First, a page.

Diesel price hike likely

Diesel price hike likely

Within months of a sharp increase in diesel prices, the mid-year economic review of the government has again pitched for a steep upward revision in its cost to help curb inflation, reduce fiscal deficit and enhance overall economic growth.

In its Mid-Year Economic Analysis, the finance ministry also said if there were no change in fuel price policy, the headline inflation will average over 7 per cent in the next three years.

“While with a one shot 30 per cent increase in diesel price, average inflation rate may come down to 5.68 per cent. Even with a 10 per cent increase in diesel prices, the inflation rate expects to come down to an average of 6.66 per cent during 2011-15,” the economic review, tabled in Parliament, said.

On the contrary, it suggested that any increase in the cost of diesel will lead to higher prices immediately but lower price rise in the longer run as the fiscal deficit is reduced.
It also detailed the impact of diesel price policy on the gross domestic product, saying the GDP is impacted negatively in the immediate quarters following a price rise of diesel. However, as the impact of price rise dissipates and inflation falls , the GDP increases faster.

“The GDP growth is projected to average 8.23 per cent, 8.92 per cent and 8.46 per cent during 2011-15 with a business as usual, a one shot 30 per cent increase in diesel prices and a partial 10 per cent increase in prices, respectively,” the review said.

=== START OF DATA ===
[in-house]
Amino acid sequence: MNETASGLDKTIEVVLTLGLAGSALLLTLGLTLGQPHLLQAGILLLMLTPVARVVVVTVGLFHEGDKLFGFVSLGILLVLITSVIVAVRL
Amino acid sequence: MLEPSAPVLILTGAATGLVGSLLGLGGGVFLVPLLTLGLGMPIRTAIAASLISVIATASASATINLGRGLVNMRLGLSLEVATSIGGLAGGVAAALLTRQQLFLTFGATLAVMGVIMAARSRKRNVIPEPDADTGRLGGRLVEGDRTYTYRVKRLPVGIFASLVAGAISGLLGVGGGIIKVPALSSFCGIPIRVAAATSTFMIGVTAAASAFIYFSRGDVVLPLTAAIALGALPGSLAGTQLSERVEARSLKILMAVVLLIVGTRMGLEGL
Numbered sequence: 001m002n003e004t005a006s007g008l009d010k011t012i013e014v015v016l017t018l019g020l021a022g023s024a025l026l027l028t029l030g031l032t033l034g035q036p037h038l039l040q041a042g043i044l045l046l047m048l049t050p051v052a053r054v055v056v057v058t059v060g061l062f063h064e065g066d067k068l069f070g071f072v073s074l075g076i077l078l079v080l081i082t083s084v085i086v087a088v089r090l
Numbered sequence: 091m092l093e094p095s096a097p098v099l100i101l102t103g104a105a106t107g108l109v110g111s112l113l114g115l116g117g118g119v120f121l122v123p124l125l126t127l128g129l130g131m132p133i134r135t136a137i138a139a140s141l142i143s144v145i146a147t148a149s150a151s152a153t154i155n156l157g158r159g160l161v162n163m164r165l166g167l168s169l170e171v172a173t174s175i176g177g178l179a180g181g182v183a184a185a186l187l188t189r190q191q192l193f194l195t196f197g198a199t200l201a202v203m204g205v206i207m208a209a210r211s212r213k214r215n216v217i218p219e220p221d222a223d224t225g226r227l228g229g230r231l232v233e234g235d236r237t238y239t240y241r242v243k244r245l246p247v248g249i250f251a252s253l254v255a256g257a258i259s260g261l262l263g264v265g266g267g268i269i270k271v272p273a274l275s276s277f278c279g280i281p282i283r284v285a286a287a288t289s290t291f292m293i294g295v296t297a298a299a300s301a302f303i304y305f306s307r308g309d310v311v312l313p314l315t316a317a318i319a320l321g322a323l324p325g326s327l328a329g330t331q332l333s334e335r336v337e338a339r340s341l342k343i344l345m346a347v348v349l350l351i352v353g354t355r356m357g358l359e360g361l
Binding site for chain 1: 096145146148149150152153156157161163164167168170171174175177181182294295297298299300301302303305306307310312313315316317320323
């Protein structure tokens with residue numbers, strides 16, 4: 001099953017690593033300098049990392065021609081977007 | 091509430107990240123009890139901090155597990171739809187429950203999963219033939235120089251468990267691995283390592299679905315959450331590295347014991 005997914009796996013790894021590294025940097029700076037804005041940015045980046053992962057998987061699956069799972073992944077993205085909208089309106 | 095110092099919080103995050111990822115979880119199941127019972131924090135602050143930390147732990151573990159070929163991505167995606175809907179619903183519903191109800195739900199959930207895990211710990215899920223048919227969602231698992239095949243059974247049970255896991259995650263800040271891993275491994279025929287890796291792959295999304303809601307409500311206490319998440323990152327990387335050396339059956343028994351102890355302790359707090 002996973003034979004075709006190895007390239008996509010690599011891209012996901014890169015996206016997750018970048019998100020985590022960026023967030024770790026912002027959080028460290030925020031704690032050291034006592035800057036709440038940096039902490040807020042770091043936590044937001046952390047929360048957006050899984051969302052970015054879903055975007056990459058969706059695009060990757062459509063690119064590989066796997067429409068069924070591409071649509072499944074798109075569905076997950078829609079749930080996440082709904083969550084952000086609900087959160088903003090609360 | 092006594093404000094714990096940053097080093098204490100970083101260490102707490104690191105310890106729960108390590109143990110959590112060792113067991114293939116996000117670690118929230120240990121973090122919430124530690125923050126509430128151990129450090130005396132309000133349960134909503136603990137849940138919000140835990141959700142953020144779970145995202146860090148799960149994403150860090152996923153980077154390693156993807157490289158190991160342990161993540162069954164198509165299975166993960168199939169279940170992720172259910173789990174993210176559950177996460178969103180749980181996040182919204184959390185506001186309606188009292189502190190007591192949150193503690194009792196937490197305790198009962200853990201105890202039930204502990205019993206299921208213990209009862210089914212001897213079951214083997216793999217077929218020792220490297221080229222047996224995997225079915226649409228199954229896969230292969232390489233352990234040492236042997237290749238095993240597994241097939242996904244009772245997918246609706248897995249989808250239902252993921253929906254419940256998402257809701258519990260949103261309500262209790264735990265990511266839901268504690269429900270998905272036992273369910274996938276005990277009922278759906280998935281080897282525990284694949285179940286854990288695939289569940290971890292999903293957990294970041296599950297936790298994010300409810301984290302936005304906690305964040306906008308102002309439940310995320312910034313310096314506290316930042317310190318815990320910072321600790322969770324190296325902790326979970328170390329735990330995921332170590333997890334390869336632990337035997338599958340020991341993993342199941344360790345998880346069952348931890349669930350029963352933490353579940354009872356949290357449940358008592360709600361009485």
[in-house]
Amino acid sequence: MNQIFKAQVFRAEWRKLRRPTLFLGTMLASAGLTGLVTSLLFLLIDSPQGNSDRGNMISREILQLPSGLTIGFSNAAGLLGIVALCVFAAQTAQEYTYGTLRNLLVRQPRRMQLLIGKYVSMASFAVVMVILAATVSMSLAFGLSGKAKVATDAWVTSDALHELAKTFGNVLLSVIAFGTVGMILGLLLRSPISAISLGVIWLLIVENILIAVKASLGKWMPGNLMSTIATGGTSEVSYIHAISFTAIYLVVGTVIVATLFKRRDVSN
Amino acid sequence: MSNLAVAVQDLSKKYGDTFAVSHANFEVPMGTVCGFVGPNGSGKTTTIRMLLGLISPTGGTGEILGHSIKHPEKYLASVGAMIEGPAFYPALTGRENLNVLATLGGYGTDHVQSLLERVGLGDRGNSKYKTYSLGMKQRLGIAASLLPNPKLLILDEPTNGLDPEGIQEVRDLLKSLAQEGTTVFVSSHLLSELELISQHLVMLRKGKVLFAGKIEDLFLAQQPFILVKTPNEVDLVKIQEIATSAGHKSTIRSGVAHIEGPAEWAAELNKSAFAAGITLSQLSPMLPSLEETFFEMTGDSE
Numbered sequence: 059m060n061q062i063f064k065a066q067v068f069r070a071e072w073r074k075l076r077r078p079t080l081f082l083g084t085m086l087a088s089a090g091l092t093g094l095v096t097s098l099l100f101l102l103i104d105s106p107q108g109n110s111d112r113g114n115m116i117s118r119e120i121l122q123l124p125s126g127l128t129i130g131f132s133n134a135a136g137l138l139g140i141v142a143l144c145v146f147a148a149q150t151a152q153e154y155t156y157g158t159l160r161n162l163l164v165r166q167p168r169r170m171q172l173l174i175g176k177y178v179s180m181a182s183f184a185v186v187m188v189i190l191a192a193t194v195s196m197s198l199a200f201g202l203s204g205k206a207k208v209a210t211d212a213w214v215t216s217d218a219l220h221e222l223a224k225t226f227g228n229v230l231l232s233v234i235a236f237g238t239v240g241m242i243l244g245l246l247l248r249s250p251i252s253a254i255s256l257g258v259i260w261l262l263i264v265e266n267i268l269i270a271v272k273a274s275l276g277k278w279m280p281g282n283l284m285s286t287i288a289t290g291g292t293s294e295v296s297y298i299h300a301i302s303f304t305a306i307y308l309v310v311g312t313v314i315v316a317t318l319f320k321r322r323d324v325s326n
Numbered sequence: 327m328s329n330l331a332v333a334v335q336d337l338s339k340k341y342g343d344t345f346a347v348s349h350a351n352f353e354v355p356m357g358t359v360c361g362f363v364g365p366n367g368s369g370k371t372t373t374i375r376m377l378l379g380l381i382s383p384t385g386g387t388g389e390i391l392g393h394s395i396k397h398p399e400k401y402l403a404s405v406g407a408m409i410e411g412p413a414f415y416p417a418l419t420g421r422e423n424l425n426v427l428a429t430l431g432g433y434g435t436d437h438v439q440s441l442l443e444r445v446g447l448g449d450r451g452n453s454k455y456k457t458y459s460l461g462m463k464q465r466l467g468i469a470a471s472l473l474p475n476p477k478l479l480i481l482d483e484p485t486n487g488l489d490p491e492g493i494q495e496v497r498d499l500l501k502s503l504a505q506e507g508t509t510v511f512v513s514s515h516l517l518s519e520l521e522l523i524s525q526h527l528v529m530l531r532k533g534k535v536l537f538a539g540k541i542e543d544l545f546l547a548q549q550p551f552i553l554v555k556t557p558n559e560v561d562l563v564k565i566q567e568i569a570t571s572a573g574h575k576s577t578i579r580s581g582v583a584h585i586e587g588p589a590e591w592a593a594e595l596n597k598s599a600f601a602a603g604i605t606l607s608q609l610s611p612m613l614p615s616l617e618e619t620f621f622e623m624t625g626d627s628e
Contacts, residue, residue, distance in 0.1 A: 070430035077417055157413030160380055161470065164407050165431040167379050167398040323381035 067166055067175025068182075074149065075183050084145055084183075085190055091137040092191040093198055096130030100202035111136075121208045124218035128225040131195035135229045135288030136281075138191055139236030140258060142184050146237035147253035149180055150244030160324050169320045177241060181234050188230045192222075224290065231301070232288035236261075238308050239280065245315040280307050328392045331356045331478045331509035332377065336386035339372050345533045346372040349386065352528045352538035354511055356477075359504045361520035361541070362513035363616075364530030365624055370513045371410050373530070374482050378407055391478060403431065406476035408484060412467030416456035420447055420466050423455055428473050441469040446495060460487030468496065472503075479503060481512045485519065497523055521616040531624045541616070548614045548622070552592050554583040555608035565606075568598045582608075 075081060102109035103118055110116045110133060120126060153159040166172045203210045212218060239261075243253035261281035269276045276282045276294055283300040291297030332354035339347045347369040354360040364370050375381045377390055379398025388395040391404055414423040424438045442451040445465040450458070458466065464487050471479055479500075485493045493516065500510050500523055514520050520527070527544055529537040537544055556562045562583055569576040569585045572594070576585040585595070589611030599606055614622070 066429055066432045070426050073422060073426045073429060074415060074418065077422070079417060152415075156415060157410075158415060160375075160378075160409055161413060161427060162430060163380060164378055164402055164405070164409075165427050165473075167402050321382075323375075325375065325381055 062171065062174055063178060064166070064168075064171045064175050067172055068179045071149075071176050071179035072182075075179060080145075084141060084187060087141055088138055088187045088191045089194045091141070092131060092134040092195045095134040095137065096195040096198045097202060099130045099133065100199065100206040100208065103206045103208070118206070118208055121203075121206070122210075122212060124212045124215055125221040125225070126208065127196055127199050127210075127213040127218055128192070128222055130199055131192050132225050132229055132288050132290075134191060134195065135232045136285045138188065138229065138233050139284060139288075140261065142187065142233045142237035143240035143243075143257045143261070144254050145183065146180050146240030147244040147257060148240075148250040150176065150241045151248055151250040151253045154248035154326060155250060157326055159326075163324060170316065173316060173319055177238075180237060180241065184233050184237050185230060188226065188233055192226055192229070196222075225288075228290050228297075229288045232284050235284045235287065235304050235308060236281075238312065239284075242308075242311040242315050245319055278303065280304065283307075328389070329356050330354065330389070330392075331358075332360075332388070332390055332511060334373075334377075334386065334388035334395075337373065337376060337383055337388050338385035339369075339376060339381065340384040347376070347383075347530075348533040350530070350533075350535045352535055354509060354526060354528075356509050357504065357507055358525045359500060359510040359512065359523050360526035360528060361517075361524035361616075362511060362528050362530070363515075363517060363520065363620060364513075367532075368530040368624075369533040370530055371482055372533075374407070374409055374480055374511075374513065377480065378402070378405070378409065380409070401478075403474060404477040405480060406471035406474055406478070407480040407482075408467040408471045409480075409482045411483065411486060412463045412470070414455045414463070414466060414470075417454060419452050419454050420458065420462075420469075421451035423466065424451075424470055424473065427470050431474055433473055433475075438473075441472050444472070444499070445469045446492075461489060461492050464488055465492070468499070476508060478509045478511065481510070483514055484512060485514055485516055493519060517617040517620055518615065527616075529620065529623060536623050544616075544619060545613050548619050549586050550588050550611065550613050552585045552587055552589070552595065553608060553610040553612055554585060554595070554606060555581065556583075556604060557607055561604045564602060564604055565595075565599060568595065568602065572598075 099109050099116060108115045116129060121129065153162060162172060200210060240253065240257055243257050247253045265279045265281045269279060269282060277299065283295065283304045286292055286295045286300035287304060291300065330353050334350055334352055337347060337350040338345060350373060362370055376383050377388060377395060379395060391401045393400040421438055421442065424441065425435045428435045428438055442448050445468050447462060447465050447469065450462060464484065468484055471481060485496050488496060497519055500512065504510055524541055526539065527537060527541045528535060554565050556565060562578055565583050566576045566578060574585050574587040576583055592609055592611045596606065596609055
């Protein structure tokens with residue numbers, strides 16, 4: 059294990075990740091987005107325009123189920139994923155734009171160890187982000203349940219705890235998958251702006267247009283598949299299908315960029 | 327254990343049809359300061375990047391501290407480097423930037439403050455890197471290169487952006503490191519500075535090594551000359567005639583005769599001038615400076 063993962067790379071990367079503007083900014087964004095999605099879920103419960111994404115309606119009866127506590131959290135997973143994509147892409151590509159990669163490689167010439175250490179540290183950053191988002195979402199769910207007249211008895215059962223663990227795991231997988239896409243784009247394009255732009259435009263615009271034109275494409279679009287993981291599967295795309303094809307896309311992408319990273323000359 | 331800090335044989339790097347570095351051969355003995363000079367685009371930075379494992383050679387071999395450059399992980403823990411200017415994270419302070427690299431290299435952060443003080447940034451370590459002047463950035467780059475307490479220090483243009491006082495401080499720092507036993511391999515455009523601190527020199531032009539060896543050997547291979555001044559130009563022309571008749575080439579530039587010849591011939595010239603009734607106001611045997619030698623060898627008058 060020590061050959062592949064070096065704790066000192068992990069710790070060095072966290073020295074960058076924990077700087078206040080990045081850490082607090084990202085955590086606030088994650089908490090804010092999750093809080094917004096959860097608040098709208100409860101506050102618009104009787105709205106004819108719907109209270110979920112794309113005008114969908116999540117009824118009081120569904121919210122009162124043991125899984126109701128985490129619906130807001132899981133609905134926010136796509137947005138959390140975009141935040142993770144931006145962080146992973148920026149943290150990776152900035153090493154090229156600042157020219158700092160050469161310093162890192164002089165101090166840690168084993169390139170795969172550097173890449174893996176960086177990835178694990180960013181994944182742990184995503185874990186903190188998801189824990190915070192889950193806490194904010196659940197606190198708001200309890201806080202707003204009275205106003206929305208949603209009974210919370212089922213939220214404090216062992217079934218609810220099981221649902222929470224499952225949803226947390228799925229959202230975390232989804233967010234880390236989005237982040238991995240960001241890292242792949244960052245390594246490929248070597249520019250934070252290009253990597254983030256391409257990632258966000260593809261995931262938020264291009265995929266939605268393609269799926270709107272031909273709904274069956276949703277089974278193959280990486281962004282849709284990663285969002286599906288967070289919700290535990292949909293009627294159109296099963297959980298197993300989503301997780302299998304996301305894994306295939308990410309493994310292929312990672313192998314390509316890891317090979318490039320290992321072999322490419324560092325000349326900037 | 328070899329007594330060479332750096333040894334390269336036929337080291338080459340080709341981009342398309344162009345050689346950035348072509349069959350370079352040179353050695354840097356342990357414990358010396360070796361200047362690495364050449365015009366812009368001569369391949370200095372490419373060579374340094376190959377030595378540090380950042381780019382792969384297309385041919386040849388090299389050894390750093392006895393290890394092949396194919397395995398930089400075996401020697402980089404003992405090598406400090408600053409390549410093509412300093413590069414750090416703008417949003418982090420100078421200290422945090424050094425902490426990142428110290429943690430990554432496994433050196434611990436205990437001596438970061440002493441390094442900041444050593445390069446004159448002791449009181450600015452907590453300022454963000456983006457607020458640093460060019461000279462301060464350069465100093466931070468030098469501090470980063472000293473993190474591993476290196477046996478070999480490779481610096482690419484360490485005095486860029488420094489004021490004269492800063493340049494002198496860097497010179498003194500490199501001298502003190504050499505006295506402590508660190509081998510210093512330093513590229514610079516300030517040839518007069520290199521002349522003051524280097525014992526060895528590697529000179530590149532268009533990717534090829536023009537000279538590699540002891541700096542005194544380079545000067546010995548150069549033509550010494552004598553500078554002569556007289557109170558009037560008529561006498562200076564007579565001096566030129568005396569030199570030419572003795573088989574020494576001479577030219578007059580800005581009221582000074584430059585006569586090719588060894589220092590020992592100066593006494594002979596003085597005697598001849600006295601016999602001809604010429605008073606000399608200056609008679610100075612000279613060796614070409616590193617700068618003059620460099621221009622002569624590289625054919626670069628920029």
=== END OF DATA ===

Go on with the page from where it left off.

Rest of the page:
A study commissioned by the finance ministry also indicated that the diesel consumption would reach 2681 crore litres with the business as usual or no hike in prices, it will come down to 2445 crore litres with one shot 30 per cent increase in prices and would hover around 2549 crore litres with a partial 10 per cent increase in prices in the next three years to 2015.

The government had raised diesel prices by Rs 5 a litre in September, which was steepest ever hike in the price of the subsidised fuel. The move had triggered protests from the then UPA ally Trinamool and political rivals alike.

Addressing a press conference after the review was tabled in Parliament, Chief Economic Advisor Raghuram Rajan said, there were political risks involved in hiking the diesel price, but economically it was as important.

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